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Hamlet: Admirable or Weak?

Hamlet: Admirable or Weak?

In Shakespeare’s play, Hamlet, the character of Hamlet is often portrayed as a weak-minded individual, whose lack of purpose leads to seven unnecessary deaths. This is a valid interpretation, but not a very interesting one.

Hamlet is considered a tragedy, but it is also quite similar to a modern-day murder mystery. As such the most crucial plot element is Claudius’ guilt, or, rather, the extent of Hamlet’s knowledge of this guilt. One does not know if the ghost is the doomed spirit of Hamlet’s father or a vision sent from Hell. It is impossible to determine how much Hamlet is aware of, how much can he guess, and how much is he deluding himself.

Hamlet is almost always performed as a tragedy, and Hamlet’s “indecision” is universally accepted as the flaw. “If he had only made up his mind”, people argue, “eight deaths could have been avoided.” This, of course, is a very easy position for one to take, because we already know that Claudius is guilty. It would be a much more interesting piece if one could be left uncertain of the true facts. Due to the popularity of Hamlet, the fact that Claudius is guilty is taken for granted, and so it seems unfortunate that Hamlet cannot act sooner, but without this knowledge acting too quickly would be a mistake.

In the text, however, there is no clear evidence of wrongdoing until Claudius confesses his sins to God, his nephew, and the theater at large. Up until that point Hamlet is weighing the Ghost’s story against the king’s. The ghost accuses in Act I, but Hamlet is perceptive enough not to accept the being at its word. One thing that he realizes is that the Ghost is playing directly to his own emotions.

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…mbines the best qualities as his two foils: the nobility of Laertes’ cause, and the execution of Fortinbras’ coup. Fortinbras attacks without justice – his father died honorably in a fair fight, on the battlefield. Laertes has a larger grievance than Hamlet, but must stoop to treachery to complete his vengeance. Hamlet, however, remains true throughout, resisting his impulses until he cannot only perform Vengeance, but Justice as well.

Works Cited and Consulted:

Bloom, Harold. Modern Critical Interpretations Of Hamlet. New York, NY: Chelsea House Publishers, 1986.

Charney, Maurice. All of Shakespeare. New York, NY. Columbia University Press. 1993.

Magill, Frank N. Masterplots. Englewood Cliffs, NJ, 1995.

Shakespeare, William. Hamlet, Prince of Denmark. The Riverside Shakespeare. ED. G. Blakemore Evans. Boston: Haughton Mifflin Company, 1974.

An Ethical View of Hamlet

An Ethical View of Hamlet

In the play Hamlet, a number of questions arise–was it truly necessary for all the blood and murder to be written to make a point? Were his actions that followed, rational or justified? Was it ethical? Granted for the time period, many barbaric actions were regarded as accepted or justifiable, however, was there one point where Hamlet could have gone past the accepted level of shall we say, normality?Ethics (n), branch of Philosophy concerned with conduct–the determination of the good, and the right and wrong.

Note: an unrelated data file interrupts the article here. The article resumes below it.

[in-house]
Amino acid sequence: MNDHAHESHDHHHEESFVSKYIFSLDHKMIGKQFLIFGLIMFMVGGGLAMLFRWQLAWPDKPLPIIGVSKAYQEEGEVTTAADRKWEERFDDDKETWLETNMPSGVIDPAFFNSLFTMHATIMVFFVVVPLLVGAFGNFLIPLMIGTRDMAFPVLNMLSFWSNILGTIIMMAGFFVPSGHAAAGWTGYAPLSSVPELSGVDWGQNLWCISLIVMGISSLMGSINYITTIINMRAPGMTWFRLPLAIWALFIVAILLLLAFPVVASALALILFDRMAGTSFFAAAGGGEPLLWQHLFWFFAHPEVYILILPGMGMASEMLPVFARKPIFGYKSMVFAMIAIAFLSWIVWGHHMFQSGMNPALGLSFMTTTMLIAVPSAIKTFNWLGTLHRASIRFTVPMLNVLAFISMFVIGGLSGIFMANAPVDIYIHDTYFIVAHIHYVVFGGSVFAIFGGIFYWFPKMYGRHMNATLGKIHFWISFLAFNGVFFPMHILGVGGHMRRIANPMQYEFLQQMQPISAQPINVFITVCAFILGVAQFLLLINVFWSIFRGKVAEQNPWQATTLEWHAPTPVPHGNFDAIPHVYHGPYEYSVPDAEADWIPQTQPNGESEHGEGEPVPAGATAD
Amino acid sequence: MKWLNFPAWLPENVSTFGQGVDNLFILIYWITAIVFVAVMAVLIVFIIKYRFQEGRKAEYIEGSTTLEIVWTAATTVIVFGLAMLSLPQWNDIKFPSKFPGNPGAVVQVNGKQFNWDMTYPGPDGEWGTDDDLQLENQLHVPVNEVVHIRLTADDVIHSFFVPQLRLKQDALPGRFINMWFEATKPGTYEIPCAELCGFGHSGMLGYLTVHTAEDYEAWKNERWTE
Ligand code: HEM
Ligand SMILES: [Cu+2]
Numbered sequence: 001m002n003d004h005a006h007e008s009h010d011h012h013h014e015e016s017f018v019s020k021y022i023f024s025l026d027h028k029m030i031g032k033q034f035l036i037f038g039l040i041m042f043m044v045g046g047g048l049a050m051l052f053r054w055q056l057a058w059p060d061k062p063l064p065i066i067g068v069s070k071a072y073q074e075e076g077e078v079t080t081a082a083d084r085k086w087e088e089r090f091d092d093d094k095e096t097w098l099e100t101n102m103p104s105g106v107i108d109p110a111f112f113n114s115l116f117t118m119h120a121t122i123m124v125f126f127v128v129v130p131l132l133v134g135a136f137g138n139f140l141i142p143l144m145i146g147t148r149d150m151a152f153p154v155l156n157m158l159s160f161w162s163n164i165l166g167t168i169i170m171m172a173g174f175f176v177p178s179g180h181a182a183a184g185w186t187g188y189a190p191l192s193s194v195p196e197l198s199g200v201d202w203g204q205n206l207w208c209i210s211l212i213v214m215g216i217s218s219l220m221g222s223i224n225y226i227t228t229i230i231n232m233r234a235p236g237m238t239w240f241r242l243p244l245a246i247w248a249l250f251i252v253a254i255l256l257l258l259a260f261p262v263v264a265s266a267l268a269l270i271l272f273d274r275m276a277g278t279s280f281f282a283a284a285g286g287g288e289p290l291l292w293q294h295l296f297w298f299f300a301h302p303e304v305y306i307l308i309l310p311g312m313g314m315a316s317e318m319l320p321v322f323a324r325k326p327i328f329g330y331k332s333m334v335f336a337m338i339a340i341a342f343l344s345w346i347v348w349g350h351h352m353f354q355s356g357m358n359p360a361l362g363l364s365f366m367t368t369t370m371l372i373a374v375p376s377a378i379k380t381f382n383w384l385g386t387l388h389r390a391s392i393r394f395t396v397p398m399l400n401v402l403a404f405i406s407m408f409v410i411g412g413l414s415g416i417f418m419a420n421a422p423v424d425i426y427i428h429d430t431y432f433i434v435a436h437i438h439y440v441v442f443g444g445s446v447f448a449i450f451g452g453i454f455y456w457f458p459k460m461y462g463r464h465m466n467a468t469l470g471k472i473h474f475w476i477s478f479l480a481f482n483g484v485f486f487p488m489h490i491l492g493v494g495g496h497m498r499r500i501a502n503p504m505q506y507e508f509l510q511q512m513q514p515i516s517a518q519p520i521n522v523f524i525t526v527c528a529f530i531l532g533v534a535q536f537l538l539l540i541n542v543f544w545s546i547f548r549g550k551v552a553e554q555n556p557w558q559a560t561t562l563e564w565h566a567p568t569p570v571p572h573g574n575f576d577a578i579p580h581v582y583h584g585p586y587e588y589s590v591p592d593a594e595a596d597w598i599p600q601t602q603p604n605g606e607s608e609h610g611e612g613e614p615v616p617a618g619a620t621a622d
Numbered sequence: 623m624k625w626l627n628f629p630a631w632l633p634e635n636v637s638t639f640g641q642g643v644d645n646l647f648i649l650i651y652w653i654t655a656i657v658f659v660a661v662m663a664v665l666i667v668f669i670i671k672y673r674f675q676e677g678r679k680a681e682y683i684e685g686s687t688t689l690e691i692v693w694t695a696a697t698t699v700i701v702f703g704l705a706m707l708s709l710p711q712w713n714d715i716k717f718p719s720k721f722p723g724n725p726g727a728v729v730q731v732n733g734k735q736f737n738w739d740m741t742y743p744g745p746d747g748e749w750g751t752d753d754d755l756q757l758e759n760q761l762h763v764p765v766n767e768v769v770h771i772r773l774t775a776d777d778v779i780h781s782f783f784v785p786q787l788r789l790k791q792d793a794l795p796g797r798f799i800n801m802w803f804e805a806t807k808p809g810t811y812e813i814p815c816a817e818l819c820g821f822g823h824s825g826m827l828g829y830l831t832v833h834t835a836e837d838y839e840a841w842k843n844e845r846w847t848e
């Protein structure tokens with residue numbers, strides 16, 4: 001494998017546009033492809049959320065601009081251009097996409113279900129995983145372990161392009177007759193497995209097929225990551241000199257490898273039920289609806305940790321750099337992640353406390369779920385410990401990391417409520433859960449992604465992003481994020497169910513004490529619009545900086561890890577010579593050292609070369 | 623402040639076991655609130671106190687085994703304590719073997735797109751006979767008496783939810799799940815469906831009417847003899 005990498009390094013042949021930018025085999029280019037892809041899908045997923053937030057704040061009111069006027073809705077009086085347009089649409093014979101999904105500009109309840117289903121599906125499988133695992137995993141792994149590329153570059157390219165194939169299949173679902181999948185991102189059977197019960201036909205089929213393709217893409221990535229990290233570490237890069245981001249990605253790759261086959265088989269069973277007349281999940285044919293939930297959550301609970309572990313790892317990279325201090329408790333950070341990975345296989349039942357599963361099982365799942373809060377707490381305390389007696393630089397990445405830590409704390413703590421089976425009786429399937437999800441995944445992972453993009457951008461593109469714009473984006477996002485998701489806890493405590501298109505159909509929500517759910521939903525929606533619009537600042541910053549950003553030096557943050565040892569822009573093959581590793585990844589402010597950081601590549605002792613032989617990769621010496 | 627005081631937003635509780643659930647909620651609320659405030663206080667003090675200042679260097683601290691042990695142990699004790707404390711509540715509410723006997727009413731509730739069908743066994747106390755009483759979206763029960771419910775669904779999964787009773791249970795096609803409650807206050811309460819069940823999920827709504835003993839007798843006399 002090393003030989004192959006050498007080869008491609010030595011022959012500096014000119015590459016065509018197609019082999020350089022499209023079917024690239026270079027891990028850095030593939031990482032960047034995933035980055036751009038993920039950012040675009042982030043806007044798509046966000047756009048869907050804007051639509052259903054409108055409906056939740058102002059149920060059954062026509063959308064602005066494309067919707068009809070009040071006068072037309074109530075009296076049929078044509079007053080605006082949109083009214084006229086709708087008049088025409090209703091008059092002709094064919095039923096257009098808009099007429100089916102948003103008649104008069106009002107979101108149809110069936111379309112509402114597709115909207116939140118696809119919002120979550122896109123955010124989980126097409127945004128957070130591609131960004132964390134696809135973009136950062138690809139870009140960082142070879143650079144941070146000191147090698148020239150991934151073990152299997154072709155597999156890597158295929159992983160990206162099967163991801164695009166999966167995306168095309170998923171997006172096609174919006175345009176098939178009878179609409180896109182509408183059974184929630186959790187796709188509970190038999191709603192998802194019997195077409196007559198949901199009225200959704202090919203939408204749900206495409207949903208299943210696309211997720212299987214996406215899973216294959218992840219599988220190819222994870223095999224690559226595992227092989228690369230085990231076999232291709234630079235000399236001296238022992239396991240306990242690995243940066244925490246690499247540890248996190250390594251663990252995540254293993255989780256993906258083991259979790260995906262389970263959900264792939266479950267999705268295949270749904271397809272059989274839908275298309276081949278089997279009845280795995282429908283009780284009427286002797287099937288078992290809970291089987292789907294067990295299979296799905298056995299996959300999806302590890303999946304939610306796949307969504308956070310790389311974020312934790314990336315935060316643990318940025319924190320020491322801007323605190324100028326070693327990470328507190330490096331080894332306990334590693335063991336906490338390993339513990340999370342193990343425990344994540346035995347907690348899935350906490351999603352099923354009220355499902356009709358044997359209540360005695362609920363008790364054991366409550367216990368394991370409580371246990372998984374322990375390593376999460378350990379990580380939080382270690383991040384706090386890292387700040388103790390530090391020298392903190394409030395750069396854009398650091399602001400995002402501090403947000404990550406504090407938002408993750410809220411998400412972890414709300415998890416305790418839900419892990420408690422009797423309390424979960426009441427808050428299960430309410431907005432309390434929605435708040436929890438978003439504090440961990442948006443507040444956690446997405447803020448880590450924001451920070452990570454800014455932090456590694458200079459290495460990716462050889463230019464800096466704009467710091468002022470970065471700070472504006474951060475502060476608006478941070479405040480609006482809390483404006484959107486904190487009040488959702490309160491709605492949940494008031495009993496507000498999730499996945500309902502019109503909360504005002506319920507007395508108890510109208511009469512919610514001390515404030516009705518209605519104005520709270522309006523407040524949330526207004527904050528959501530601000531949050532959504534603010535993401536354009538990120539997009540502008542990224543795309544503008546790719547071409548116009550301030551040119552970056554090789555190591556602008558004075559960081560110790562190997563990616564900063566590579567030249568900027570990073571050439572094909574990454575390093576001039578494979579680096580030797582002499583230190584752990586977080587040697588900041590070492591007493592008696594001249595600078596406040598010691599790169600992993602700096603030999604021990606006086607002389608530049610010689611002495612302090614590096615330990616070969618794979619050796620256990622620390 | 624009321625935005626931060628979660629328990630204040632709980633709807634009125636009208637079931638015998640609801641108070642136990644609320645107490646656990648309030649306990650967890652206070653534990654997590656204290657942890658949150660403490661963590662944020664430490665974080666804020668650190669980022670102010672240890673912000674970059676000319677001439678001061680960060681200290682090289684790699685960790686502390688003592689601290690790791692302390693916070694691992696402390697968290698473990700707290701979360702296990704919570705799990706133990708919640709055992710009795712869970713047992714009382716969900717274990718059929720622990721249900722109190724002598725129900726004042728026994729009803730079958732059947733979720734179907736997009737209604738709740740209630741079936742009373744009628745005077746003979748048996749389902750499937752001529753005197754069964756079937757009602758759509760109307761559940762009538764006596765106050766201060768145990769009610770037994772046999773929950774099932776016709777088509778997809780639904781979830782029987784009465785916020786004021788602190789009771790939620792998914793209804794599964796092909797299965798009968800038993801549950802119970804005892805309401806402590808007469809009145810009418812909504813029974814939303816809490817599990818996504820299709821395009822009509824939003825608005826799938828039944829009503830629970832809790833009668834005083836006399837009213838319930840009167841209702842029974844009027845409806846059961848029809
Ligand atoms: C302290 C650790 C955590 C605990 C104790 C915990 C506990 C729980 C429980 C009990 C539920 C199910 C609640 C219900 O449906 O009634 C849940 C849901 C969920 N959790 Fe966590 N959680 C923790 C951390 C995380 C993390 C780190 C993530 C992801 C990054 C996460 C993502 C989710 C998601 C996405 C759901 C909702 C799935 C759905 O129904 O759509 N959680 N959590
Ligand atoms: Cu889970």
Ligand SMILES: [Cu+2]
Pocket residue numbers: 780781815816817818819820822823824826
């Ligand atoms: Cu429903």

Socrates questioned what Justice and Temperance really meant and where it’s applications were. Though others frowned on this indulgence, they were forced to consider his thoughts as well. Instead of merely acknowledging the nouns and using them regardless of what they truly meant. Was what Hamlet doing “wrong”? If so, what is “wrong”?First, we should look into the issue of which field we draw the term “right”. It is only appropriate to set the mood in England, late 1600. The economy is run by brute and barter, modern medicine included amputation, leeching and blood-letting. A man could be imprisoned for stealing a loaf of bread and a maid can be ravished by her master, and nothing would be out of place. If someone wronged you, you were entitled to wrong them back, and this done with gusto. With no remorse for the moral or religious faculties of our present day society.

All the revenge, incest, murder, betrayal and hard-core violence that we’ve all come to love from Shakespeare; was it all done for naught? Is the message being translated across properly? Hamlet is supposed to be the hero and all the trials and tribulations that follow him only make him stronger and the justice more imminent-right? Did Hamlet go too far? Hamlet’s father comes back from a peculiar death and finds his wife married with his brother and his son in shambles. After communicating the truth to Hamlet, it is expected that this story should be finished quite simply and quickly. However, this is not the case. Hamlet wants to make sure he himself has not gone insane and imagined his father’s figure telling him the achievable means to, a quick relief of his overwhelming torment. Hamlet now begins the long painstaking process of validating the funny voice inside his head that tells him to kill his uncle who is now his father since he is now married to Hamlet’s mother.

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